Call it a throwback Thursday if you want, but this post originally appeared on Post City in November of 2013. I recently had occasion to revisit it and thought it might be worth sharing again (i.e. I’m a little busy right now and this is an excellently lazy way to get a little blog traffic today!)
W hile recent years have done much to lower our expectations when it comes to the athletes who call the Air Canada Centre home, there is a group of people who happen to work in the same building who put in a remarkable effort every single Leafs and Raptors game (not to mention Toronto Rock games and all the concerts).
They are the Maple Leaf Sports and Entertainment food service employees and, while the city has clearly grown all too forgiving when it comes to “off nights” from both the Raptors and the Leafs, we’re far less apt to show forgiveness when it comes to the beer and hotdog we buy at the game, so these people need to be on their game.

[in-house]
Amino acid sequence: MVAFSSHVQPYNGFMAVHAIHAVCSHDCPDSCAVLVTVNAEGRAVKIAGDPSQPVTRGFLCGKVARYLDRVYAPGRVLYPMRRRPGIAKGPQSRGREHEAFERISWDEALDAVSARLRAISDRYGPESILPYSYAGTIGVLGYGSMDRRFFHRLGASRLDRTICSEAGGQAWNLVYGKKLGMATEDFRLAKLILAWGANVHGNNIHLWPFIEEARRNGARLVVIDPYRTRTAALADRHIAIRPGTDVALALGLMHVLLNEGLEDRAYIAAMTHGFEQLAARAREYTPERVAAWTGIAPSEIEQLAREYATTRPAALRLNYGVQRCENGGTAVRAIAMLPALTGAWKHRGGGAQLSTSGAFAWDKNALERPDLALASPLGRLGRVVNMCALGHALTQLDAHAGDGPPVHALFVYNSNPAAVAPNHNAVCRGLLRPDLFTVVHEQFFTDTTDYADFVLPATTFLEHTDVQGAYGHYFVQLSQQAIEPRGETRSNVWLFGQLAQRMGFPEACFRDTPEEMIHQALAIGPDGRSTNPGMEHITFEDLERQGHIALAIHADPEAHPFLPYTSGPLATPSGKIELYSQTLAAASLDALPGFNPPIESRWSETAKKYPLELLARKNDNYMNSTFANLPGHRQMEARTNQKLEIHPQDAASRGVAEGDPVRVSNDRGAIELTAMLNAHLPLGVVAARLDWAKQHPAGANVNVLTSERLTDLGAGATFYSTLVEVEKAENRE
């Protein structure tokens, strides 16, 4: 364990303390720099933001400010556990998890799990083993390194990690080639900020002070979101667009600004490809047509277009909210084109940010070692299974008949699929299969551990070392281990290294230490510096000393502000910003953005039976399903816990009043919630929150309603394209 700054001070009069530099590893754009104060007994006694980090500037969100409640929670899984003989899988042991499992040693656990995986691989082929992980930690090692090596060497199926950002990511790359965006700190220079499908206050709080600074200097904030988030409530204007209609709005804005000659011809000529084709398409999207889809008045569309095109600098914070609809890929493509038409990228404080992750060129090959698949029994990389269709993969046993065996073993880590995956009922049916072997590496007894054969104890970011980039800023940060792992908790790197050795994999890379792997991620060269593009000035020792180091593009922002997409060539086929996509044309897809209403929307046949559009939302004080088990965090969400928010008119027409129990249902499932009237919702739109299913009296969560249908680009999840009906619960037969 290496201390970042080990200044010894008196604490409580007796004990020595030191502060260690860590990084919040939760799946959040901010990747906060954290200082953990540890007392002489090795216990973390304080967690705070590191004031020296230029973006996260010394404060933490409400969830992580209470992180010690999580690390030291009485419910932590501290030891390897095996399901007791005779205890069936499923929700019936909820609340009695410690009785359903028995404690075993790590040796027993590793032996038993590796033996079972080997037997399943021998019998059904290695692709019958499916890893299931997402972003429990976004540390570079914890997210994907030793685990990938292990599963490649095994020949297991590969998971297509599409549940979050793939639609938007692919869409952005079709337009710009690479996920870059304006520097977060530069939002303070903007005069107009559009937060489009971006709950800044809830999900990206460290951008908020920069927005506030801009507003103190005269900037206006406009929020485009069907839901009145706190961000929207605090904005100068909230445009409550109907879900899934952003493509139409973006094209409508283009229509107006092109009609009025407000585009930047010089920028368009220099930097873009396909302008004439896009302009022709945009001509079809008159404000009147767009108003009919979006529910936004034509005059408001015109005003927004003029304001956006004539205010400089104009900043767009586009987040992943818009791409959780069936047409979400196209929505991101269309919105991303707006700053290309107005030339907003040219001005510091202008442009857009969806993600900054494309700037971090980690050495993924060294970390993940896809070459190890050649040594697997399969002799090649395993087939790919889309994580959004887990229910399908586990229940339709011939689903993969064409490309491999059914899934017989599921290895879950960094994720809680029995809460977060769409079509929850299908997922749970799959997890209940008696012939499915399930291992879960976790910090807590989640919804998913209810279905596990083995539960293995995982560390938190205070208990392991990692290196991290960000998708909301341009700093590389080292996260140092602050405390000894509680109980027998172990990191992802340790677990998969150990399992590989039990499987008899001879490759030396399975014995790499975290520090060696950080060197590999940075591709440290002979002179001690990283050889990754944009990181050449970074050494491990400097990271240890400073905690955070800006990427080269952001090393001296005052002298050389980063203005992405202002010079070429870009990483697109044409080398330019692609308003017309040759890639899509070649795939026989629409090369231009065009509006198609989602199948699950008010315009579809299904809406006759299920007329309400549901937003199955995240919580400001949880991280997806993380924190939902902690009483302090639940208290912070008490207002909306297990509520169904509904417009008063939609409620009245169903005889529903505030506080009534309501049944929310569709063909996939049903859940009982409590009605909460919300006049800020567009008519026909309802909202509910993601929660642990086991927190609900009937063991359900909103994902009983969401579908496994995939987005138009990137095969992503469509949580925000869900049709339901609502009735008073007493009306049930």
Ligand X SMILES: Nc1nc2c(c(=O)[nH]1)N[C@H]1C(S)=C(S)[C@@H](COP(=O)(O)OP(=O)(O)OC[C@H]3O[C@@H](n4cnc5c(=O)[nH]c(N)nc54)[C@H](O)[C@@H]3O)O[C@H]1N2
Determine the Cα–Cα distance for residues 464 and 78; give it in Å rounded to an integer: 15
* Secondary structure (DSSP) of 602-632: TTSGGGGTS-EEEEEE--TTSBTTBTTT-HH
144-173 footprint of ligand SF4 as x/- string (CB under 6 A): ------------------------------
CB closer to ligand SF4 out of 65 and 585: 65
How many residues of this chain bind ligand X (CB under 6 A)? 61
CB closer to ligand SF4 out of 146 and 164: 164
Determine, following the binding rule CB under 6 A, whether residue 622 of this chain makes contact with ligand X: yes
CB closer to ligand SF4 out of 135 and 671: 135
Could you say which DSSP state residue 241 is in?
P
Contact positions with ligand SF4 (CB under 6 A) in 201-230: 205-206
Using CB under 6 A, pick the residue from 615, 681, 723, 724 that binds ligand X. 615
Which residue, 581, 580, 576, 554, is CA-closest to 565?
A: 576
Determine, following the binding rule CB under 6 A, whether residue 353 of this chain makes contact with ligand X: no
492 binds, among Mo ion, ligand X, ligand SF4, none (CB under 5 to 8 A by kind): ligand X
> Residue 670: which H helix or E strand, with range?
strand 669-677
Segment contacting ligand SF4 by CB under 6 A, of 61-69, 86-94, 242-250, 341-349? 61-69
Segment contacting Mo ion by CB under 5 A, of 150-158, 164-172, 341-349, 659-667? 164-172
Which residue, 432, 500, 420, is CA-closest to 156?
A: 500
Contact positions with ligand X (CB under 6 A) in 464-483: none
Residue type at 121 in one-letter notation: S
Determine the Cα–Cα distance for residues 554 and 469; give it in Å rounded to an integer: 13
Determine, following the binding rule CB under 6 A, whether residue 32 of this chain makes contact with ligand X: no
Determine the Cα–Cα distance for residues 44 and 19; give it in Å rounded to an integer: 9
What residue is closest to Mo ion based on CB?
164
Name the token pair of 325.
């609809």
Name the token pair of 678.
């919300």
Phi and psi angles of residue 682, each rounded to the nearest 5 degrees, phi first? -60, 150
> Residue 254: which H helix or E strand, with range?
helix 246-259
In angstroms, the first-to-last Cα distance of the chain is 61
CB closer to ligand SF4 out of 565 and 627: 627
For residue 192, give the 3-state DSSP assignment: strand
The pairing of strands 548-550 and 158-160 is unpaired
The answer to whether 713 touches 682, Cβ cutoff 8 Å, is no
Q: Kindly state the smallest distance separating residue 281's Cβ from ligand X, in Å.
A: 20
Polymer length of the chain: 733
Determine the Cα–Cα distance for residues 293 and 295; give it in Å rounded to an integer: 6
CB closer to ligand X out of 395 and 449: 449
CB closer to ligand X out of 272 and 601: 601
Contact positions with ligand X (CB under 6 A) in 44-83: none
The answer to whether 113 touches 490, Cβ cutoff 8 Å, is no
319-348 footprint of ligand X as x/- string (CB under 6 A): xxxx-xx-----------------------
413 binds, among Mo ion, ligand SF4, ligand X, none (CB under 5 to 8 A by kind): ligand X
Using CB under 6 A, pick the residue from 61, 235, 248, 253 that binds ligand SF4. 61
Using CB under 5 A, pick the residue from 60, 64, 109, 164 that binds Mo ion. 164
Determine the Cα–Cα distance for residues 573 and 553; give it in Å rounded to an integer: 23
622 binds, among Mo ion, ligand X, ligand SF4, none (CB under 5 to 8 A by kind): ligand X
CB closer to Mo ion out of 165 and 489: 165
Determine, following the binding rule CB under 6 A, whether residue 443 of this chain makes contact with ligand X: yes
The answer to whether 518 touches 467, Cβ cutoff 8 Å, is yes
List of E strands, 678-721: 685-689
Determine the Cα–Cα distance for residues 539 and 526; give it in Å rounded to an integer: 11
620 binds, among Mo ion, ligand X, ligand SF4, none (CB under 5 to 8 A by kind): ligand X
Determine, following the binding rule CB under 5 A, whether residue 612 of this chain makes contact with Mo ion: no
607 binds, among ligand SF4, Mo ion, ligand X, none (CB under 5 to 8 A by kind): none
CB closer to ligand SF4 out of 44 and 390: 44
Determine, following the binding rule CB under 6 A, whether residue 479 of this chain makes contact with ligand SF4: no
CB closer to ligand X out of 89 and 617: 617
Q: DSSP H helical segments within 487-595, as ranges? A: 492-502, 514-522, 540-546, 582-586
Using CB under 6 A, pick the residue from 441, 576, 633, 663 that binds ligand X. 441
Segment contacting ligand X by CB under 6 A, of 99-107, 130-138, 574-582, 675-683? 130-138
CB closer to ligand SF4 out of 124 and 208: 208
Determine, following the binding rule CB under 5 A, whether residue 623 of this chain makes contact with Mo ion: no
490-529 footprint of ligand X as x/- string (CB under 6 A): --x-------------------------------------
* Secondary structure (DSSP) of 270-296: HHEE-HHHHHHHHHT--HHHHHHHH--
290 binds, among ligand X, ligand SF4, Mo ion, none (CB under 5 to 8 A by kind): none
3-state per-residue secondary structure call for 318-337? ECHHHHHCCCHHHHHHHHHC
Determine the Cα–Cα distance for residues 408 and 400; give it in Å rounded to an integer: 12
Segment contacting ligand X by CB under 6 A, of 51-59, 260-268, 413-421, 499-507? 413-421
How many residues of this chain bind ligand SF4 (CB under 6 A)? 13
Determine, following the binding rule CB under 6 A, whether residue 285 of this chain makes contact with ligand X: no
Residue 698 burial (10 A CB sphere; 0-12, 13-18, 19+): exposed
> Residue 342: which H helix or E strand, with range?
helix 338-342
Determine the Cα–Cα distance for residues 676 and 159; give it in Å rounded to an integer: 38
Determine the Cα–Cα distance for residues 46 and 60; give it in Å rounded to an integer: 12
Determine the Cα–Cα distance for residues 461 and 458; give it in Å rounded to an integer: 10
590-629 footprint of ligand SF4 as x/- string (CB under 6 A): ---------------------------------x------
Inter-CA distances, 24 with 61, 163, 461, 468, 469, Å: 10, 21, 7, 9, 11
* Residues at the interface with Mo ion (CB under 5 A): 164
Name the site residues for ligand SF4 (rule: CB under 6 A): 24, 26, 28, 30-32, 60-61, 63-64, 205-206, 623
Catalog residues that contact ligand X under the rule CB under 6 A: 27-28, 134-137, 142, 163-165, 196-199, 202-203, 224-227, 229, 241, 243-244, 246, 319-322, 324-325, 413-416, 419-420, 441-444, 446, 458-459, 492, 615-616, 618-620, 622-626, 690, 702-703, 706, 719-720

Thankfully, it’s a responsibility they take seriously. As Robert Bartley, Senior Director of Food and Beverage will tell you, “We like to think of it as hosting a dinner party for 18,000 people every night.”
Indeed, the ACC is one of only a handful of professional sports facilities that opt to cook for their dinner guests themselves. Most sports facilities, like The Rogers Centre down the street, contract third parties to handle foodservice. The Jays, for example, have left the foodservice to Aramark, a massive US-based foodservice company that handles sports facilities in addition to educational institutions, healthcare facilities, and even prisons. Continue reading